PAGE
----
Published: 11th May 2016

tizianaWhile overwhelmed by party political promises at the dawn of this month’s local elections, an analysis by investigative news website The Detail found that in the last government programme, of 82 policy pledges ‘only 46 were achieved, 18 failed, and 18 were unclear or partially met’.

Unsurprisingly, some of the commitments that were not met were connected to social economy policies, and while £4m was awarded to 11 social enterprise hubs by the government in 2014, the most exciting co-operative developments in Northern Ireland took place outside of those hubs.

Down to Earth NI, Northern Ireland Community Energy, Boundary Brewing Co-operative, and Lacada Brewery Co-operative represent a wave of new co-operatives. These co-operatives have all received specialist support from Co-operative Alternatives and have raised finance by using community shares, an innovative and under-used tool which Co-operative Alternatives was able to promote and implement via the only investment readiness project in the region funded by the Building Change Trust.

The co-operatives were able to collectively raise more than £440,000 from around 1,400 members and finance their operations.

‘”Re-balancing the economy’ could mean so much more

and the social economy sector can play a substantial role in it”

Other community co-operatives such as the Raglan Group are renovating disused and derelict buildings to ensure that the community gains and benefit from public use.

This triggers an observation on the absence of housing co-operatives, co-housing and self-built community schemes in Northern Ireland and echoes one of the criticisms made to the past executive – that it is lacking in ambition and vision.

When the Department for Trade, Enterprise and Investment published the economic strategy – Priorities for Sustainable Growth and Prosperity – at the beginning of the last legislature, it adopted the priority ‘re-balancing the economy’. This was narrowly interpreted, and the private sector become the centre of economic development mostly because there was an assumption that re-enforcing the private sector and increasing its ‘export capability’, would create more wealth and equal opportunities across the region.

This strategy was accompanied by a commitment to reduce corporation tax that would also increased foreign direct investments and help create a Northern Ireland that is ‘ready for business’ – one of the major Invest NI campaigns. However, no long term re-balancing economy can be achieved if no investment is made available to tackle the infrastructure deficiencies of the region (energy, water etc) – the poignant example being the further collapse of the manufacturing industry due to high energy costs at the beginning of this year.

‘Re-balancing the economy’ could mean so much more and the social economy sector can play a substantial role in it. Co-operatives and community ownership sit in between public stewardship and private possession and, as the new wave of co-operatives have shown, unleash the potential for a group of committed individuals to pursue their vision, not for private gain but for collective advantage and despite public sector indifference.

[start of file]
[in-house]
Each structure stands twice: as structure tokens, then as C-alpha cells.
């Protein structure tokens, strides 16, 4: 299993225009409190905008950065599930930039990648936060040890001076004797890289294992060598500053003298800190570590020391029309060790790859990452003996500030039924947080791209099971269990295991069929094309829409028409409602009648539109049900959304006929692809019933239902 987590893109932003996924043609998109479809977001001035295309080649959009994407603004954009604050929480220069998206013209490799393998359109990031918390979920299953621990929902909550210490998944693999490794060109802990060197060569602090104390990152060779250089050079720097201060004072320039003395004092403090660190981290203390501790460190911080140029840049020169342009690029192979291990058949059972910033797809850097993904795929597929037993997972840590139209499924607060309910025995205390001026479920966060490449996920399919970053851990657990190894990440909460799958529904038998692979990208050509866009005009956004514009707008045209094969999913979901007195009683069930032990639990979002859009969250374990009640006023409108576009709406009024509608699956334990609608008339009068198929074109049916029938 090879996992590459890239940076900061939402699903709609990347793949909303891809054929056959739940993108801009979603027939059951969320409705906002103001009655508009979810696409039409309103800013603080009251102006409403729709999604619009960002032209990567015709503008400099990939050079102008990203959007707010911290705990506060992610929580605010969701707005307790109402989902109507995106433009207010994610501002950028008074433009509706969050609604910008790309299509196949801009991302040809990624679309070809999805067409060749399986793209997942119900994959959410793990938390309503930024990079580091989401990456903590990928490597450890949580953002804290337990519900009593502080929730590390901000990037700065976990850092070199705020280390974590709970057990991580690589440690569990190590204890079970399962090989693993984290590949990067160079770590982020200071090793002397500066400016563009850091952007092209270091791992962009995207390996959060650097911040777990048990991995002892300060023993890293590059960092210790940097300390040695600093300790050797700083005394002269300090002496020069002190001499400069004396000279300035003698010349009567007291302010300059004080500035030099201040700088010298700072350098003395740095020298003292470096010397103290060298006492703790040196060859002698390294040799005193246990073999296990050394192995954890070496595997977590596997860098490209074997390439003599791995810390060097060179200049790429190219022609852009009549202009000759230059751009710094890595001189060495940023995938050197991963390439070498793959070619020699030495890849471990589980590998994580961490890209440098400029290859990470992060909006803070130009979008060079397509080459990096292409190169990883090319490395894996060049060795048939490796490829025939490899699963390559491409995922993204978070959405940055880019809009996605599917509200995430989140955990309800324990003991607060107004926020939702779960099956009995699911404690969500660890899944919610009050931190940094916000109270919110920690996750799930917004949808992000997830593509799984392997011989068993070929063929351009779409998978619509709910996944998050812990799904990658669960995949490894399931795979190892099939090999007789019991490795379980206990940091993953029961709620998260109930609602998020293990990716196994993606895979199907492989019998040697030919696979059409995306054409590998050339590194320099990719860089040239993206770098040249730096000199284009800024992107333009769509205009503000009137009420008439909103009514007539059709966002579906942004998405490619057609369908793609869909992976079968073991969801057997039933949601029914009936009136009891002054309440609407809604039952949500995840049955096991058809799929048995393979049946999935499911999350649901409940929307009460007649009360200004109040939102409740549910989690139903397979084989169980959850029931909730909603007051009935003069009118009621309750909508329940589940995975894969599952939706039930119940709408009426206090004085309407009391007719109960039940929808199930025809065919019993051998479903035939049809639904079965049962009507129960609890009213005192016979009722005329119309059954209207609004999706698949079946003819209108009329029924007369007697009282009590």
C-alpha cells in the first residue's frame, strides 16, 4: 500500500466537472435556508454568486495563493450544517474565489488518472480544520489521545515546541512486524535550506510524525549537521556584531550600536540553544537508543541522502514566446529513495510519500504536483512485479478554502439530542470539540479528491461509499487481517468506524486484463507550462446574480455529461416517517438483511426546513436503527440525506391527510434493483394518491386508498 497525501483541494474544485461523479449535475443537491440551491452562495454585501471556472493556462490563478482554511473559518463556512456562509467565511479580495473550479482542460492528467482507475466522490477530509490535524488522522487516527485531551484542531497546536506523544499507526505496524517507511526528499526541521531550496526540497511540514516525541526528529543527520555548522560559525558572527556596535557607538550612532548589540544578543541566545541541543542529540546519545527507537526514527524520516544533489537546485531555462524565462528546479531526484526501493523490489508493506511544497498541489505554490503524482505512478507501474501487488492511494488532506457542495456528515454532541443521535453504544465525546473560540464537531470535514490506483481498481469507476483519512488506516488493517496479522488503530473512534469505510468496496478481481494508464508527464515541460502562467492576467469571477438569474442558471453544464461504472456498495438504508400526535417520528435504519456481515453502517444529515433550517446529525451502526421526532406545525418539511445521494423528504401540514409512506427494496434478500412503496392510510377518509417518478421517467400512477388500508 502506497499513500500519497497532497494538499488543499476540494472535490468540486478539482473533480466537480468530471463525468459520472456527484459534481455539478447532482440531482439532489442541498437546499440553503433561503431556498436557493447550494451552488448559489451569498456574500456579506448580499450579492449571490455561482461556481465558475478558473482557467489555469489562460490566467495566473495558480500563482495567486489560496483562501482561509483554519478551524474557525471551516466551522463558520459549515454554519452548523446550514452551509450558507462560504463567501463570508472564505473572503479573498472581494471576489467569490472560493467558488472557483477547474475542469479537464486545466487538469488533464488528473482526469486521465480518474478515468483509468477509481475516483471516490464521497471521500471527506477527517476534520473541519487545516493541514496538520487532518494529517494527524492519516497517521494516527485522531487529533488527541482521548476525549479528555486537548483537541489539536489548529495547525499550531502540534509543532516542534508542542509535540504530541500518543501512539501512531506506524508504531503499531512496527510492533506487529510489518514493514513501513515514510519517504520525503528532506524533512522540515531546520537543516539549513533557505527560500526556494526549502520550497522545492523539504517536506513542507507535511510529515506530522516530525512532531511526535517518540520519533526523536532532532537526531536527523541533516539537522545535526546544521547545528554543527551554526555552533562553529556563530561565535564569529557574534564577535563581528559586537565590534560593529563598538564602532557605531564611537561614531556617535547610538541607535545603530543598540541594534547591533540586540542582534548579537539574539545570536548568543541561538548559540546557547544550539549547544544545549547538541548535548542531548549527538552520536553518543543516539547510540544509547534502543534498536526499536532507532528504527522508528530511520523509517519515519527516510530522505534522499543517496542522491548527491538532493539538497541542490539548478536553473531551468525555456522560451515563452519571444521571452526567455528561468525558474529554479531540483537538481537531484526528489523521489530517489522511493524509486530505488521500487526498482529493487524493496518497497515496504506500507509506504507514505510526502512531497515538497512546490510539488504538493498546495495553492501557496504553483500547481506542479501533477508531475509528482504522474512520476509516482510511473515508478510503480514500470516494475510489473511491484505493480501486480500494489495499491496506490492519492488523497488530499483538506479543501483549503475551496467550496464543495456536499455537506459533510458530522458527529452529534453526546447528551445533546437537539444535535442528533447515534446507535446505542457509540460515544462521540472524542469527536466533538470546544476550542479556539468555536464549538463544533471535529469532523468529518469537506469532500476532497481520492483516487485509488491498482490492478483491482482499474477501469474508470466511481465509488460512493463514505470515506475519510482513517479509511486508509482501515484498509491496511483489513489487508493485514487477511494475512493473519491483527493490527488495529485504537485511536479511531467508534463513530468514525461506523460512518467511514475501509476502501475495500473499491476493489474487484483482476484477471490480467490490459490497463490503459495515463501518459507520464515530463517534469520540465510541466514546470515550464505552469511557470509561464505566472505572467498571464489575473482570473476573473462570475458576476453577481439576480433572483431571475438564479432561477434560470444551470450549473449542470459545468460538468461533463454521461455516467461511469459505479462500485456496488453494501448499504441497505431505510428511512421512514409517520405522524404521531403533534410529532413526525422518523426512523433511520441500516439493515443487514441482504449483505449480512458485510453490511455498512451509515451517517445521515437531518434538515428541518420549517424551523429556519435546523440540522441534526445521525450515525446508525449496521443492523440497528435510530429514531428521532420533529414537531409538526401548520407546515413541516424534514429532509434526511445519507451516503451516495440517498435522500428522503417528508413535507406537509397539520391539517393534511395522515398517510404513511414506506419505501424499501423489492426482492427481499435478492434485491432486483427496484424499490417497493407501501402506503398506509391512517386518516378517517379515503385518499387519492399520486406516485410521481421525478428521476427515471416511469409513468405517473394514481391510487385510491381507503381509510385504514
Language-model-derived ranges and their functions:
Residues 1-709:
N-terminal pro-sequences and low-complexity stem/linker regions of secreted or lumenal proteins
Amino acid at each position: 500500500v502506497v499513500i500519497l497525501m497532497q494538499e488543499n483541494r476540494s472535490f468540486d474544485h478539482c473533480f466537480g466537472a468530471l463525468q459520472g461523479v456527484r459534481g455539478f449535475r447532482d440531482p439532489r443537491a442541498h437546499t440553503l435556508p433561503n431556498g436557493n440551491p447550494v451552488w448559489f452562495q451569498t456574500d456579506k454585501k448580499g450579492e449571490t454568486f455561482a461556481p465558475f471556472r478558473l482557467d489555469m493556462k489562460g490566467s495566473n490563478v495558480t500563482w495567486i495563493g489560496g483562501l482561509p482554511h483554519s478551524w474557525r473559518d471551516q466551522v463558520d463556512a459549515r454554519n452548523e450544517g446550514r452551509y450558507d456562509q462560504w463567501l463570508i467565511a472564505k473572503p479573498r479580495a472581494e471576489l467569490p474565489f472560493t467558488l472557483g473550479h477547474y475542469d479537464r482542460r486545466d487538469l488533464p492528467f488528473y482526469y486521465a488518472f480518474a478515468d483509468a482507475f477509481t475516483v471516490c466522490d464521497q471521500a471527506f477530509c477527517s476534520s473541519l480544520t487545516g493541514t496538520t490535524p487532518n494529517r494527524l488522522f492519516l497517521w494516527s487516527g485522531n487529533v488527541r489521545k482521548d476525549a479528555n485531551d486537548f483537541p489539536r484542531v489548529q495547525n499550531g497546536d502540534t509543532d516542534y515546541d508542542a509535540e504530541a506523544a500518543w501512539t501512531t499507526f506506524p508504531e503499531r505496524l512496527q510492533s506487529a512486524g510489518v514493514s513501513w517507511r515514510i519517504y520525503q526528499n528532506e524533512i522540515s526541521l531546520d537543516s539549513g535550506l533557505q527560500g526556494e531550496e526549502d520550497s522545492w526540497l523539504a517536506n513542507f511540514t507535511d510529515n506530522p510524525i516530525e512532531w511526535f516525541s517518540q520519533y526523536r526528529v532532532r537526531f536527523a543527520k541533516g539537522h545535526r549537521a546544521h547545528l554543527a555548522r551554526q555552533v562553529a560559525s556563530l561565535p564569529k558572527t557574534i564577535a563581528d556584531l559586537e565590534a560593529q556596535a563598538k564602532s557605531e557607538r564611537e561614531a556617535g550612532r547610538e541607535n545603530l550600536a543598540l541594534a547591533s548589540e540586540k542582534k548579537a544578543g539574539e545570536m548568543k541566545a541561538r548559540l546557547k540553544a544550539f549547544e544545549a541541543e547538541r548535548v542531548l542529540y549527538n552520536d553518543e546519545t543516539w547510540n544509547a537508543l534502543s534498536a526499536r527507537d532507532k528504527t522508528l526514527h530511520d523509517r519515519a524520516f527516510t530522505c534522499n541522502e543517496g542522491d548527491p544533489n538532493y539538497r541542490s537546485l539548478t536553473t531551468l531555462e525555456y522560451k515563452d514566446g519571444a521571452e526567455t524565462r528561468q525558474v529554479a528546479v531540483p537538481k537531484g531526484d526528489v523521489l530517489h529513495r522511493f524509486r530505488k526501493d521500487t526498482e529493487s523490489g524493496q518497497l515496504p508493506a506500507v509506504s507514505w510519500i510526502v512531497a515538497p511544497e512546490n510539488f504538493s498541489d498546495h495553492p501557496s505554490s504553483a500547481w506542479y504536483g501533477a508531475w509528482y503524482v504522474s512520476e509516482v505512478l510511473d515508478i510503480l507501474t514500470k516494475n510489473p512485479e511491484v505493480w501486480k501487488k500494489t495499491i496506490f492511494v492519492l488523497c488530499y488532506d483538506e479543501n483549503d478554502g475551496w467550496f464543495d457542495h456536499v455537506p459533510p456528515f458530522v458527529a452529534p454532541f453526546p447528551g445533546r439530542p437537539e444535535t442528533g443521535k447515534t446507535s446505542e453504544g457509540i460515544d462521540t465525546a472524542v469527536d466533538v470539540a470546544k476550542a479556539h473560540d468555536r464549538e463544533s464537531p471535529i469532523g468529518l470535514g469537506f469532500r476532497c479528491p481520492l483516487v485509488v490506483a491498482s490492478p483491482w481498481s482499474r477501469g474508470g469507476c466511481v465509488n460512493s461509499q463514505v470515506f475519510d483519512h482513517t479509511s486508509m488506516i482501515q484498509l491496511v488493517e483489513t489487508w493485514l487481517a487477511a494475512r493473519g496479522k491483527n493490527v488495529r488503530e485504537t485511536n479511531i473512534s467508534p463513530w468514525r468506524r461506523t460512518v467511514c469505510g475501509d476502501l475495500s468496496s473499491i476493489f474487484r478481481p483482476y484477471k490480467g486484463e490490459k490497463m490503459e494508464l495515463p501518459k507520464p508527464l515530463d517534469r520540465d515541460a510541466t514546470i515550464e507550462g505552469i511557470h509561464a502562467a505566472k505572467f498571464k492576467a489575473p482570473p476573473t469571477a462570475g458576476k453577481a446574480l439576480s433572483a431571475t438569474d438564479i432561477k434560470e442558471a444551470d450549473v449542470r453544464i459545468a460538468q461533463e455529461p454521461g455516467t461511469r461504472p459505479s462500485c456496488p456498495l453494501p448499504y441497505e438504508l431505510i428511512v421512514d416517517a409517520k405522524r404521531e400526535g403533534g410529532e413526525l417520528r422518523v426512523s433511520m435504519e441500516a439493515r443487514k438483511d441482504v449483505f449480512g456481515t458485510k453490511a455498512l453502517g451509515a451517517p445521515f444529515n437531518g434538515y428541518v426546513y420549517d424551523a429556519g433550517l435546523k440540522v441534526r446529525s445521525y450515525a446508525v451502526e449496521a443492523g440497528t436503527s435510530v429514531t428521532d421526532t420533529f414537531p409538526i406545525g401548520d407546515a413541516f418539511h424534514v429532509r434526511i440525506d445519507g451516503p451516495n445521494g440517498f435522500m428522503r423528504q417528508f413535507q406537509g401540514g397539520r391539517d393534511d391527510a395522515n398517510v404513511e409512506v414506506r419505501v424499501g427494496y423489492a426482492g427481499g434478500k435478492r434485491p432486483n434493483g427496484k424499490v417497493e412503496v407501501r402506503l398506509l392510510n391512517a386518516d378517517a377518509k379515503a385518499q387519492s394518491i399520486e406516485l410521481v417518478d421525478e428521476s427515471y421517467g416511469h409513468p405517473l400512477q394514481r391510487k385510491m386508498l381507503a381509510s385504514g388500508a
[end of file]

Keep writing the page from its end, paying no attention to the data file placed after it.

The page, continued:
Re-balancing the economy could also mean a fairer society, tackling inequalities and a new way to measure economic ‘growth’. Mutually supportive systems could replace competition.

In conclusion, with the restructuring to nine government departments now coming into place after the recent Assembly elections and the transfer of some responsibilities for the social economy sector to local councils, we need to ensure that the next set of economic and regeneration policies value the contribution of co-operatives by:

  • Providing specialist support for setting up and growing member-owned organisations like co-operatives and community benefit societies. (A comparison study of the investments made by Big Lottery, trusts and local government departments of programmes promoting community shares in England and Wales, highlighted that Northern Ireland needs more investment in community enterprises and investment readiness programmes. The report Growing Community Shares is available at http://www.coopalternatives.coop/)
  • Introducing a variety of co-operative models from housing to community energy, form creative co-operatives to workers co-operatives to inspire and foster diversity in the local economy;
  • Creating a new fund for emerging and established co-operatives which addresses their finance needs in accordance with their development (so that it may start with a mix of loans and grants and then develop in equity investments for a mature stage) and so ensure that the local economy does include and supports the development of co-operatives.

 

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